What former Costa Mesa mayor and assemblyman's wife gave birth in a car?
And what political insider is running for Newport City Council?
First, baby news!
Former Assemblyman Allan Mansoor and wife, Janniffer, became proud parents of a baby boy born six weeks ago under some unusual circumstances.
When Joshua Dayton was ready to make his debut into the world, the Mansoors jumped in their car and headed to South Coast Midwifery in Irvine.
At the 405 and Bristol Street, Janniffer's water broke.
Mansoor assured his wife they'd reach the birthing center in time, but as they approached the Sand Canyon exit, the baby was crowning.
"As we pulled into the parking space in front of the midwifery, I thought we made it by the skin of our teeth," says Mansoor.
But as he walked around to his wife's side of the car and opened the door, "Out came Joshua Dayton on the seat."
The midwives and assistant ran out and took control of the situation.
"Everything was great," Mansoor reports.
The whole experience led to the couple's inspiration in naming their new baby after the Daytona 500.
"We were racing down the freeway, and Joshua Dayton beat me to the finish line," says Janniffer.
The couple's 2-year-old daughter, Avalon Jane, now has a new baby brother, and the family is doing great.
Mansoor tells me after losing the last election for Orange County supervisor in 2014, he focused on his growing family, a new career path and shedding 25 pounds.
"I took a sales job with a family owned organic farm," he says. "I am so incredibly happy with it, and it is working out very well."
So is politics totally off the table?
"I will not rule out a future run for office," he tells me, admitting he's "thinking about City Council, but time will tell."
Newport Beach race heats up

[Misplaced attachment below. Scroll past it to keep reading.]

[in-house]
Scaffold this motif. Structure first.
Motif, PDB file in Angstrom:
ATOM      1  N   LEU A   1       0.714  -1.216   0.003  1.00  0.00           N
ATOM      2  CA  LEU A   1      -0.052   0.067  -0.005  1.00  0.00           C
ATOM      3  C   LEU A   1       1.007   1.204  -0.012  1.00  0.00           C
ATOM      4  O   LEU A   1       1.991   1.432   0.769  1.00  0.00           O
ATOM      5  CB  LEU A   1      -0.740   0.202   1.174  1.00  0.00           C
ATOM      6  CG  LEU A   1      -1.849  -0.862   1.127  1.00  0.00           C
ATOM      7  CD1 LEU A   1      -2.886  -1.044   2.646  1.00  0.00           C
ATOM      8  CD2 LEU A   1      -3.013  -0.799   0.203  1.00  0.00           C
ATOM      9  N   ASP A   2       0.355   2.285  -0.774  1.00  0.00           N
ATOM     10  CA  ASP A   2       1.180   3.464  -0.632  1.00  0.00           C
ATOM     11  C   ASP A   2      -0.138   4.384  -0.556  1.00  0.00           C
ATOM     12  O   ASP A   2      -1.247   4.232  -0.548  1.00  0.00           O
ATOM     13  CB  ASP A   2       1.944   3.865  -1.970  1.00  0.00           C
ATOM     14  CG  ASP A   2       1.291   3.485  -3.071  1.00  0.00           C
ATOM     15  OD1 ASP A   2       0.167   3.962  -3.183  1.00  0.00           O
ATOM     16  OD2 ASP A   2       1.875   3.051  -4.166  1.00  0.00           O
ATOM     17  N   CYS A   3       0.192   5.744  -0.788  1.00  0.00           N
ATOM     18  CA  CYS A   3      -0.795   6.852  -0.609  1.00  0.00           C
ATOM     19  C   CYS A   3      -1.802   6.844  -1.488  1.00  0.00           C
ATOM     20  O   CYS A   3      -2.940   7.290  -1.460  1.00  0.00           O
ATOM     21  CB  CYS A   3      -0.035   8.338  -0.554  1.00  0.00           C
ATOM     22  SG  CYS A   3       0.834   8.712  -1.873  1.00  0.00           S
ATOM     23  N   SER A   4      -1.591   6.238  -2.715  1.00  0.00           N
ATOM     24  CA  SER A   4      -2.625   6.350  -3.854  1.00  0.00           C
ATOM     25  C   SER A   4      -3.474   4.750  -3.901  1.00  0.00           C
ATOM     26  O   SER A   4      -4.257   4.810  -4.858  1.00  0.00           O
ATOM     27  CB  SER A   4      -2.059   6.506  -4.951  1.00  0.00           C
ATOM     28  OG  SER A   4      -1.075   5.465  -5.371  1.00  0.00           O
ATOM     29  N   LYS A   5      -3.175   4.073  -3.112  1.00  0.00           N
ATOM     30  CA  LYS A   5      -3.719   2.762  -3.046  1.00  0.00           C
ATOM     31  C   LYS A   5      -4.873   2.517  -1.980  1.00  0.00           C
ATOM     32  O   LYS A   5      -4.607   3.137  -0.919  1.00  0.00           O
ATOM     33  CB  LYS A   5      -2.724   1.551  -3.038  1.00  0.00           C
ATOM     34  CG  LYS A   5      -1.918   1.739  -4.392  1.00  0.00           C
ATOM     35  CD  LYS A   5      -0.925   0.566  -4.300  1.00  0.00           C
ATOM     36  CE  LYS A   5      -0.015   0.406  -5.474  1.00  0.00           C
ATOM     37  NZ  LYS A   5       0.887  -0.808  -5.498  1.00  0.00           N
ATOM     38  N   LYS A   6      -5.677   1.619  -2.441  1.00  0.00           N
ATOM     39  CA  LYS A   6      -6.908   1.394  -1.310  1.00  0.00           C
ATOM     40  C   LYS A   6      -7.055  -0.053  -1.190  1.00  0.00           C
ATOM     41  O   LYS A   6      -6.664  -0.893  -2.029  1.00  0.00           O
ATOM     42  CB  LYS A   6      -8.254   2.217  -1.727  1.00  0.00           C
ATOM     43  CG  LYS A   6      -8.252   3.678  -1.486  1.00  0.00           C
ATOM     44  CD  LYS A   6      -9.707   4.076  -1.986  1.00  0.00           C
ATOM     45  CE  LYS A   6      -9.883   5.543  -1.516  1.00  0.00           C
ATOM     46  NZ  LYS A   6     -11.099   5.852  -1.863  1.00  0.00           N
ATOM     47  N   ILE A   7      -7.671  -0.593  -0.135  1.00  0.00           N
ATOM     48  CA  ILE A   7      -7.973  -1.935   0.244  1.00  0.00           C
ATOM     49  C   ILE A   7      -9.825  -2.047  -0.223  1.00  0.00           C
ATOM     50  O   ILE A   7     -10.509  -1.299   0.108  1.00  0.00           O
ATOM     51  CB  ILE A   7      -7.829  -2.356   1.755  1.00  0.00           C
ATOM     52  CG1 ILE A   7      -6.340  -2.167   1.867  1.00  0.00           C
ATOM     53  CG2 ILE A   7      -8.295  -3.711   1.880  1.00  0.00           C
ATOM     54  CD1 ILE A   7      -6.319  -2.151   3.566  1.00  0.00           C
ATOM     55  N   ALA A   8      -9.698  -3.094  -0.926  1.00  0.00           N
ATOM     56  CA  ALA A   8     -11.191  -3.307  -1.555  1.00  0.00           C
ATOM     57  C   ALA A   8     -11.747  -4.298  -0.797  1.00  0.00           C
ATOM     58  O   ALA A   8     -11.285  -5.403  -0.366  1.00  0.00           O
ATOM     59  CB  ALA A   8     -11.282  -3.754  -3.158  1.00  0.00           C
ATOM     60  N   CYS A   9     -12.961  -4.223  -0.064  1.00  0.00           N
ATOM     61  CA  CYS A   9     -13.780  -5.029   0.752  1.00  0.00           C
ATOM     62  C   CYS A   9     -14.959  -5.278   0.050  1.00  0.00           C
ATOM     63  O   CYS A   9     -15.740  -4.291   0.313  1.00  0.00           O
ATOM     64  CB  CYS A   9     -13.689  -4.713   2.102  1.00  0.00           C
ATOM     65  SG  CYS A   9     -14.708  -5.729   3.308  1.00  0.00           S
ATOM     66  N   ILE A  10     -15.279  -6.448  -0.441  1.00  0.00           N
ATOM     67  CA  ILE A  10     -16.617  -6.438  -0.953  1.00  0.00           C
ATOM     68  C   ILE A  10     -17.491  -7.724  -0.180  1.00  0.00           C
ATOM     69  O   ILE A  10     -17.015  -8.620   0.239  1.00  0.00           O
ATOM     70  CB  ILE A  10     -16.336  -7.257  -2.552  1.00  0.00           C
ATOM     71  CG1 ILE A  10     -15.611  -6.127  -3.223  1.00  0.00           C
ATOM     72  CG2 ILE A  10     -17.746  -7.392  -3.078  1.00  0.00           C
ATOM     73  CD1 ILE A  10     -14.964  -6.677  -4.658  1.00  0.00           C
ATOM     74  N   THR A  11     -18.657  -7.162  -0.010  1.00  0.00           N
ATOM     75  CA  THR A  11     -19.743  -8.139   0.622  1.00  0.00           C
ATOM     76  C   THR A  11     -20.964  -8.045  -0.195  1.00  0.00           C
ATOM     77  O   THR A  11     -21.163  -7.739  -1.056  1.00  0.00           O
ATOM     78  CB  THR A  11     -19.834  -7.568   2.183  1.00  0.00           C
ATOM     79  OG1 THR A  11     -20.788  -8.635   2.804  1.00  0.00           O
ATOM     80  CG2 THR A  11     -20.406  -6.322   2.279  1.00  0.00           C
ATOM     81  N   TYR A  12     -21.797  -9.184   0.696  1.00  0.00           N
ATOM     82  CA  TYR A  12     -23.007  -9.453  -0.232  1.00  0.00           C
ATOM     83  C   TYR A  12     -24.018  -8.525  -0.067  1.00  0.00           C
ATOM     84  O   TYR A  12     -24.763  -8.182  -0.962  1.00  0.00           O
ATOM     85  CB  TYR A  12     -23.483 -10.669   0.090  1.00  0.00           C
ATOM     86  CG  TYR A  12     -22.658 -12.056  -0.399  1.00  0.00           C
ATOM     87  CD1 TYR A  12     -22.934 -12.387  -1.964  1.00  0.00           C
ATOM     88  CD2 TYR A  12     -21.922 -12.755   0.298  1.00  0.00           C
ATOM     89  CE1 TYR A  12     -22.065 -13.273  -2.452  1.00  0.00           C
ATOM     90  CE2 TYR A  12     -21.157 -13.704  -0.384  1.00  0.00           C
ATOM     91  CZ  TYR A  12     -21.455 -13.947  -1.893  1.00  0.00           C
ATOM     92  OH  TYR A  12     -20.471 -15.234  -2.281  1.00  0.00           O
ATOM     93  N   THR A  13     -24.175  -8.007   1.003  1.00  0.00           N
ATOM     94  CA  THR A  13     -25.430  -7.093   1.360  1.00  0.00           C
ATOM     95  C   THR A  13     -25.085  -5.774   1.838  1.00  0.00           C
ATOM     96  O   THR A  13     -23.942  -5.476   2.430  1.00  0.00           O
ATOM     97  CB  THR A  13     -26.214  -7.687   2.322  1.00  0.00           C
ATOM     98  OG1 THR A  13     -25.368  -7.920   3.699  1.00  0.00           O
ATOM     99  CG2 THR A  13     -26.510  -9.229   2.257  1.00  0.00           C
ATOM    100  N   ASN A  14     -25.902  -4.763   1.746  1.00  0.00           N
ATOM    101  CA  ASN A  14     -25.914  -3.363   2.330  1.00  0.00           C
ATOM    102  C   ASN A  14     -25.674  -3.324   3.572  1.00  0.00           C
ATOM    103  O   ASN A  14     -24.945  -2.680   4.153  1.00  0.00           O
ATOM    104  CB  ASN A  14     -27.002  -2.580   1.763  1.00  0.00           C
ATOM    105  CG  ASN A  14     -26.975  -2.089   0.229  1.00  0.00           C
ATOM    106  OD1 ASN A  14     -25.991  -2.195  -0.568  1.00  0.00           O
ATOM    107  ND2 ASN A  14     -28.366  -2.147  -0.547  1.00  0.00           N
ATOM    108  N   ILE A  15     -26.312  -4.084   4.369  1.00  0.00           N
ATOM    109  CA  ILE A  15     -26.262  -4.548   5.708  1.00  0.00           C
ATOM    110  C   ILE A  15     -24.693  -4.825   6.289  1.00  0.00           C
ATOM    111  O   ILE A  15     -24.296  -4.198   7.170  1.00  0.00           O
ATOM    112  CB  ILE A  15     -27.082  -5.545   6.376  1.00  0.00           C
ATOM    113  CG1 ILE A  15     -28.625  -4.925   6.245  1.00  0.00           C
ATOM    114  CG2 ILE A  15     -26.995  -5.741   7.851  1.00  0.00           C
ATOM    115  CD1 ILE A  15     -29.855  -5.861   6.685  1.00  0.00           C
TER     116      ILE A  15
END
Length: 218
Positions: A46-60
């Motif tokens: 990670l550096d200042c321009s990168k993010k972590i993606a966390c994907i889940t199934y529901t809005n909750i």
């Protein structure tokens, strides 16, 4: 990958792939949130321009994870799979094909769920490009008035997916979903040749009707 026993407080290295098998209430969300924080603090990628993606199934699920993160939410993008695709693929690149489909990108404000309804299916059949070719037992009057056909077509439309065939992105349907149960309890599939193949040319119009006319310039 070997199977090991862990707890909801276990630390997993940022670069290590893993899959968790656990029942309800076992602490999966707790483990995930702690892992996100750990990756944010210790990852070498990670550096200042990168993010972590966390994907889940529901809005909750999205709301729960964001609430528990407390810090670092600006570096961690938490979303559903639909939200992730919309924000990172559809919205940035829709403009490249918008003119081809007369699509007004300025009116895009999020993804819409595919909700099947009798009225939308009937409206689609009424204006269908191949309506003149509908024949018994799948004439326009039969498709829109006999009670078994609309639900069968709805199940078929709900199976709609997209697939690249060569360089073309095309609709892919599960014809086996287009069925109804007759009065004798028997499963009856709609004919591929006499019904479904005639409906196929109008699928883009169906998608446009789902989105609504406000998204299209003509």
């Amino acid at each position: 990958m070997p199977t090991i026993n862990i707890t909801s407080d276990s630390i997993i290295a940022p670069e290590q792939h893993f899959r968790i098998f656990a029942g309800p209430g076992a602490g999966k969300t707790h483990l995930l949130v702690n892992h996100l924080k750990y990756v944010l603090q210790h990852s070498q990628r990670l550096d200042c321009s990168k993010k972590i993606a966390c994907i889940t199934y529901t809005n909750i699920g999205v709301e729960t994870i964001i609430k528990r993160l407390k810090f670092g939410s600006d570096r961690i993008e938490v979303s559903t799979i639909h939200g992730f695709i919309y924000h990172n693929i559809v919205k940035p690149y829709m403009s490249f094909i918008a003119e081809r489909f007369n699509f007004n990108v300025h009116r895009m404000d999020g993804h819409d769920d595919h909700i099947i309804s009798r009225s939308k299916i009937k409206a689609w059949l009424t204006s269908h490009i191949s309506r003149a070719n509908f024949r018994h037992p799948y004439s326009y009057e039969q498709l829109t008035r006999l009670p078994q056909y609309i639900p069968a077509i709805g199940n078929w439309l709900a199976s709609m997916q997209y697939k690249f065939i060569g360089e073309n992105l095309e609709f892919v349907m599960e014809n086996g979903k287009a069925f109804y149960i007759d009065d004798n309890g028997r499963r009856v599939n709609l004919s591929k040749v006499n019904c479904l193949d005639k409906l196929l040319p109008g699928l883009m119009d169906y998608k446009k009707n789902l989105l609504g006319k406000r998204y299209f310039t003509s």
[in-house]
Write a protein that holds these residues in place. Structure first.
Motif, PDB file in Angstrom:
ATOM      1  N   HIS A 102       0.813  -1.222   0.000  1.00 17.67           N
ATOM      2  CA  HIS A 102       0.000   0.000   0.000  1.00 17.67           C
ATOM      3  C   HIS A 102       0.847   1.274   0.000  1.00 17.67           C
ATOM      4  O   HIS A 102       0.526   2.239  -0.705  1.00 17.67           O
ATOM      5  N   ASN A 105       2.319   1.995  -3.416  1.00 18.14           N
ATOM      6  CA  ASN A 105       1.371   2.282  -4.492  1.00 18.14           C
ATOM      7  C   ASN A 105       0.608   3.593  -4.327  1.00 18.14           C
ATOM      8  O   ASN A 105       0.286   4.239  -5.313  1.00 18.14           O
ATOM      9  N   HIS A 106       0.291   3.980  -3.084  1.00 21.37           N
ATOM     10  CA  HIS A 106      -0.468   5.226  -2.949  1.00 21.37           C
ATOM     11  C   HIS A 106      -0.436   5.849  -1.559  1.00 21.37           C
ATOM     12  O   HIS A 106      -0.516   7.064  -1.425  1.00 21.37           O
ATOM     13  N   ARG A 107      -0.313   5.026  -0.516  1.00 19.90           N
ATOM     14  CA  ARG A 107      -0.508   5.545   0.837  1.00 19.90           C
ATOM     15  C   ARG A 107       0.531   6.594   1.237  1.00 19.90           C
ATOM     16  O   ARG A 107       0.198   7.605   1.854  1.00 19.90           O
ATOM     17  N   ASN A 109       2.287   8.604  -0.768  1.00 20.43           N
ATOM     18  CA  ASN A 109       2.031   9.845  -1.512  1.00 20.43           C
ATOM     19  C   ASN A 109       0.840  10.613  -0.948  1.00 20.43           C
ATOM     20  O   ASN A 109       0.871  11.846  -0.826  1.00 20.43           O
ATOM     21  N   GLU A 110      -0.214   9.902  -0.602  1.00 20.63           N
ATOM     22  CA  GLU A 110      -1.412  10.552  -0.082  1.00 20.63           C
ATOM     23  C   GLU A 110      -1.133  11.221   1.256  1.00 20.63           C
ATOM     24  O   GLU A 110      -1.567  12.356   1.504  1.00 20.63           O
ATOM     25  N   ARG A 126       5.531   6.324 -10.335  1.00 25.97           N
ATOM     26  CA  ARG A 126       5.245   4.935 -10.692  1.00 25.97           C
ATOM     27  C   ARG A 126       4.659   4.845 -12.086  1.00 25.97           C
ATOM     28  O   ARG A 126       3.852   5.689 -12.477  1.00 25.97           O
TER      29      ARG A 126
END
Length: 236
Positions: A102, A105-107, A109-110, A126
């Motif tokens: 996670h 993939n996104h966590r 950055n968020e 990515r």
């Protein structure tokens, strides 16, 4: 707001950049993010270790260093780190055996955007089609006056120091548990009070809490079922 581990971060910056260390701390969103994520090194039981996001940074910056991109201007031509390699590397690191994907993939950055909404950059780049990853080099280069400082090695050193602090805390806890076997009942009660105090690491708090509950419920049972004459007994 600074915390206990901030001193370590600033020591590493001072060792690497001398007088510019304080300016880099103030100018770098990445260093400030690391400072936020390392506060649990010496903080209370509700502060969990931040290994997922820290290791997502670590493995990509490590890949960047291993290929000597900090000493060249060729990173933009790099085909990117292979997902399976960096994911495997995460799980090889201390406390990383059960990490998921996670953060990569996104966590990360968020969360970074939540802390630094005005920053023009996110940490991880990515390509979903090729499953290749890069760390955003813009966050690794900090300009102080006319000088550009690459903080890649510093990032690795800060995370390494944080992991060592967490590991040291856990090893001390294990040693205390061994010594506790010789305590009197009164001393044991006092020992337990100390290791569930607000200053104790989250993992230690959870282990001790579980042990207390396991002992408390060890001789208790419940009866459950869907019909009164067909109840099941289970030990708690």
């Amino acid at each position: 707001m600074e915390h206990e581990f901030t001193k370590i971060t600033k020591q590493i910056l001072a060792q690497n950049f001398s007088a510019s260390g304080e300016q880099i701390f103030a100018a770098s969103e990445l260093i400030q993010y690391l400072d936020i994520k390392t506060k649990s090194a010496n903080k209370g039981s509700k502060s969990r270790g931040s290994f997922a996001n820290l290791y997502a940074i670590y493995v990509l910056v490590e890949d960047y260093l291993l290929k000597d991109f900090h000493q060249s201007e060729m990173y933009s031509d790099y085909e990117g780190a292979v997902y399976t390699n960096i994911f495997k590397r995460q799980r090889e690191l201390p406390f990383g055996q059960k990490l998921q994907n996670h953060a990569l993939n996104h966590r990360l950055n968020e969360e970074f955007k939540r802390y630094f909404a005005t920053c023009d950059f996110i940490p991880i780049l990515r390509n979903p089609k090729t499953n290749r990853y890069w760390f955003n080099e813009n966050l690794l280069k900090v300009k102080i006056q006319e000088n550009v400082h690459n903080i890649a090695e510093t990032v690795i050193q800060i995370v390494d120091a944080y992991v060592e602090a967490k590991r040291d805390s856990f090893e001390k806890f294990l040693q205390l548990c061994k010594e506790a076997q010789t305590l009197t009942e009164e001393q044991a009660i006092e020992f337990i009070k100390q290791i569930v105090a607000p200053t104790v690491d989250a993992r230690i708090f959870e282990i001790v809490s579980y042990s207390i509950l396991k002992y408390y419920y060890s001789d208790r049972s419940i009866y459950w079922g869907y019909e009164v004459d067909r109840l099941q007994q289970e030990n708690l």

One man for whom politics is definitely on the table is Newport attorney Phil Greer, whose wife, Arlene, serves as chairwoman of Newport's arts commission.
Greer's entering the Newport council race this week, vying for termed-out Councilman Keith Curry's District 7 seat.
What's interesting about Greer is that he's a political-insider-turned-politician.
Specializing in business and political law, Greer's clients have included former O.C. Treasurer-Tax Collector Chriss Street, Sen. Pat Bates, and former Assemblymen Chris Norby and Bill Campbell.
Greer was also then-Sen. Janet Nguyen's legal eagle when she faced a recount running for O.C. supervisor in 2007.
In 2007 the L.A. Times wrote "Greer's emergence as the GOP's go-to guy in election matters was greatly aided by John Lewis, a former Republican state senator and influential political consultant in Orange County."
Greer's been disciplined twice by the state Bar Association, but hey, with his pedigree, he'll be on an even playing field in the messy arena of Newport politics.
He also has the political savvy and connections on county and state levels, which could be helpful to Newport.
And as a political insider, I'm guessing he knows where the proverbial "bodies are buried," making him a formidable opponent.
He's hired Chris Jones as his political consultant.
I enjoyed my conversation with Greer. He's quick, funny and sharp.
Living in Newport for more than 20 years, he says, "It's time to give back."
Though a great sound bite, my sense is he feels the city's moving in a troubling direction. He hinted as much, saying he decided to run after attending the last mayor's dinner.
"If' you're going to be a member of the City Council, there should be sand between your toes and seaweed in the back of your car," he quips. "Otherwise, you don't understand Newport."
Greer's troubled by those who move here to run for office.
"These people haven't raised their kids here; they have no civic memory," he says.
Greer says they don't understand history and local nuance — like the fire rings and the unofficial dog beach.
"I grew up with them," he says. "It's part of our history and tradition."
Greer points to a divide in philosophies on the current council, and says he understands what it takes "to bring people with different opinions to compromise and common ground. That's what I do for a living."
Greer and I talked about issues close to his heart: dredging, sea walls, the arts, the West Side Community Center and spot zoning in and around Fashion Island, which he says needs to be re-evaluated, considering the wider impacts on the community.
With Greer's entry into this race, things just got a lot more interesting.